“…none of it more than were their own hearts alien in them.”
Alienation is a classic theme in writing–a protagonist feels disconnected from other people, from society, from the world at large, and this leads to a sense of being generally bummed-out. Karl Marx would say alienation is a symptom of living in a capitalist society, but Marx was wrong about a lot of things. In college literature courses they will teach you that alienation rose as a primary theme in Modernist literature and has enjoyed its place in poems, fiction and plays ever since. Still, the wide-spread use of alienation as a literary theme might just be a symptom of the isolating effects of being a writer–we can be a bunch of sorry sacks in this way.
Whatever the case, the past year has been deeply alienating for most of us, despite the connective forces of the digital world.
Carl Robinette explores alienation in his latest flash fiction story, “The Night Crew,” which was recently published by Every Day Fiction. In this story the protagonist is attempting to rise out of his own deepening sense of alienation. When he finds a baby abandoned in a shopping cart in a grocery store late at night, he feels a flicker of external connection and begins to see an interconnectedness within human reality.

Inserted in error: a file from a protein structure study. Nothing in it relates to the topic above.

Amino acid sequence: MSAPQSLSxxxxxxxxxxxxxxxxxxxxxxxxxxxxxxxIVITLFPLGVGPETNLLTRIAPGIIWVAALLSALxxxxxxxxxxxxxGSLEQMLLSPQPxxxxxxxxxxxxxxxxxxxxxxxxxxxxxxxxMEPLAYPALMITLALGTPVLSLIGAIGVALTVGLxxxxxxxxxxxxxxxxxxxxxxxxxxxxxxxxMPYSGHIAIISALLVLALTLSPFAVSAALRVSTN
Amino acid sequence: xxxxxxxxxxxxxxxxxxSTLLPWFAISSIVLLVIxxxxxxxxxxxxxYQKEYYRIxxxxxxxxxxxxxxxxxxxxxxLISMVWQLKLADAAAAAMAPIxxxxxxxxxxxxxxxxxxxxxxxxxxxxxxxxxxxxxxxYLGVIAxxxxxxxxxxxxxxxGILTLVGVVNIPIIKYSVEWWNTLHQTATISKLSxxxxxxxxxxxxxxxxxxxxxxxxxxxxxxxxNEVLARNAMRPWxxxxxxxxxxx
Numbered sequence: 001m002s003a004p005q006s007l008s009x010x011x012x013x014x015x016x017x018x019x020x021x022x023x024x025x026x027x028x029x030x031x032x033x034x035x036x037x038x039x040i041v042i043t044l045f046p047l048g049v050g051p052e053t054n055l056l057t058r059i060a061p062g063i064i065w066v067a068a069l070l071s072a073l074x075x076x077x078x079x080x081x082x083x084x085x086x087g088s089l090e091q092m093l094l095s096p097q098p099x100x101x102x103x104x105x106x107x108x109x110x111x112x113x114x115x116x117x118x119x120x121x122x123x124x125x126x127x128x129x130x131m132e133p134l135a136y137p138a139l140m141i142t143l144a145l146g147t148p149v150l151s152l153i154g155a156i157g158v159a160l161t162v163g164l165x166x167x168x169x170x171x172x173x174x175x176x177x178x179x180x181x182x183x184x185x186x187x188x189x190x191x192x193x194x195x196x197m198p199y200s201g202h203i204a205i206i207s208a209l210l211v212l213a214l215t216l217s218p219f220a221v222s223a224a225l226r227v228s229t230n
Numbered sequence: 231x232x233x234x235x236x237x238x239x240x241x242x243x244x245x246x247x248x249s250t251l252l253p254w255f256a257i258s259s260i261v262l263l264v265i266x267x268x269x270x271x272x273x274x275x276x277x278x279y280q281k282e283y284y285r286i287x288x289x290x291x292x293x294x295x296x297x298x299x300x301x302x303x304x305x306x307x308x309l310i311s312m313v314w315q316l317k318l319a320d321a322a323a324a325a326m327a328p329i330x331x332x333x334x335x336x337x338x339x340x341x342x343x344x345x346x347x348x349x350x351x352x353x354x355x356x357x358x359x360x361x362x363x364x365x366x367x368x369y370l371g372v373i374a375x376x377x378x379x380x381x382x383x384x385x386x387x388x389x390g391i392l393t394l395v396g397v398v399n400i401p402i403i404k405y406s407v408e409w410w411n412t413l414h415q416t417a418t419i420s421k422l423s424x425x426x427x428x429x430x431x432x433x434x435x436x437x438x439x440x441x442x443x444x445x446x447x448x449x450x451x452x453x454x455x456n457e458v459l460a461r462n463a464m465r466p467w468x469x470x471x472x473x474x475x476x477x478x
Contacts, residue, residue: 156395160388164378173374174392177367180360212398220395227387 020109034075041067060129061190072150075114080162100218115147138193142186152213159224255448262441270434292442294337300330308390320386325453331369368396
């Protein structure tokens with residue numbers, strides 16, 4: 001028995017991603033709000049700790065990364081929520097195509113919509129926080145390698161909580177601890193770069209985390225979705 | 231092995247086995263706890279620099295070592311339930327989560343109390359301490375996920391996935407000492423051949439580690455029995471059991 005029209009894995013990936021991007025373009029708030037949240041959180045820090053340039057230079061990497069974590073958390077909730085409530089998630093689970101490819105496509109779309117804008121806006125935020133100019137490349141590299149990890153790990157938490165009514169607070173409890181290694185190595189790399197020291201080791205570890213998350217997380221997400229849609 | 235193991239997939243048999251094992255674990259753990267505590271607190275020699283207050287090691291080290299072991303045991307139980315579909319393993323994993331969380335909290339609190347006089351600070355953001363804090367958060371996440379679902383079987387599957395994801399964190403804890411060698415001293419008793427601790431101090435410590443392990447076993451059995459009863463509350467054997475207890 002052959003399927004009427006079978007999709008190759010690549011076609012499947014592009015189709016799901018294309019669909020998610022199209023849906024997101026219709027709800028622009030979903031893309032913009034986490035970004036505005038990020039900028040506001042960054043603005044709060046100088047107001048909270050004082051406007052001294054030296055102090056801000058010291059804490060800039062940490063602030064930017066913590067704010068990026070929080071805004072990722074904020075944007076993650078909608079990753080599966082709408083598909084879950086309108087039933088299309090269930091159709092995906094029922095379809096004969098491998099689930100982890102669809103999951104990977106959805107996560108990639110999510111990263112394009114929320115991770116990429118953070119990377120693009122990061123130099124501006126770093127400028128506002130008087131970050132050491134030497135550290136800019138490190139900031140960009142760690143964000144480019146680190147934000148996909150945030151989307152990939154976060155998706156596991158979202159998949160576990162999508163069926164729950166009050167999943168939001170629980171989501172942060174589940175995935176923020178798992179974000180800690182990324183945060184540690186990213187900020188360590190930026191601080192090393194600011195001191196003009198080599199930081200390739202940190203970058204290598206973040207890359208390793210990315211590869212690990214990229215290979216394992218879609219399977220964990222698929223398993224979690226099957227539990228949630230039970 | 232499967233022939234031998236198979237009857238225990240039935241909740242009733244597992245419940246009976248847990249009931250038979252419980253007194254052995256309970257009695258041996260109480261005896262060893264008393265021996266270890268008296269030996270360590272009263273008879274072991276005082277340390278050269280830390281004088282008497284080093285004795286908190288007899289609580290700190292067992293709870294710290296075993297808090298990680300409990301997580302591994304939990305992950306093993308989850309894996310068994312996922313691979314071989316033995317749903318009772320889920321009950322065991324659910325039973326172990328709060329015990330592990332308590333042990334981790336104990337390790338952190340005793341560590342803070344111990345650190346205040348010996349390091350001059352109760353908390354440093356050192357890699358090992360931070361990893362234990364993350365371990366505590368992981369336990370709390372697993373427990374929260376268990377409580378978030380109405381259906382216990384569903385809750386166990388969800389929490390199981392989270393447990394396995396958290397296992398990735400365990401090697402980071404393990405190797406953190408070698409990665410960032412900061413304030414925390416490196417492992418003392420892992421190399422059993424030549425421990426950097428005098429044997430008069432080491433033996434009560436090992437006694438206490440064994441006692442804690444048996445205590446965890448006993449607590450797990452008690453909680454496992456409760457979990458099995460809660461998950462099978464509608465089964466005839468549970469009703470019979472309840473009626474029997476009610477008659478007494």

READ AN EXCERPT:
Sometimes I can’t sleep at night, or maybe I don’t want to. I don’t know, but sometimes when I don’t sleep I drive to the supermarket nearby which never closes. In the deep end of the night there are few customers. Mostly just people working at the store, rheumy-eyed people with backyard tattoos and backstory faces. I look like I just rappelled out of an asylum window by knotted sheet. Not everyone can mix in comfortably with a daytime crowd.
Almost every night there are shrink-wrapped pallets of food on the floor of all the aisles. They use box cutters they keep clipped to their hips to slice down the sides of the pallets and they peel the plastic off the stacks of food like a zipper-backed dress.
They restock the shelves. The overhead music is louder than usual without all the customers. Or maybe they turn it up. Dead of night, day-bright neon screwy vibe.
Praise for “The Night Crew”
4.4 Stars on Every Day Fiction
“Very moody, tense piece.”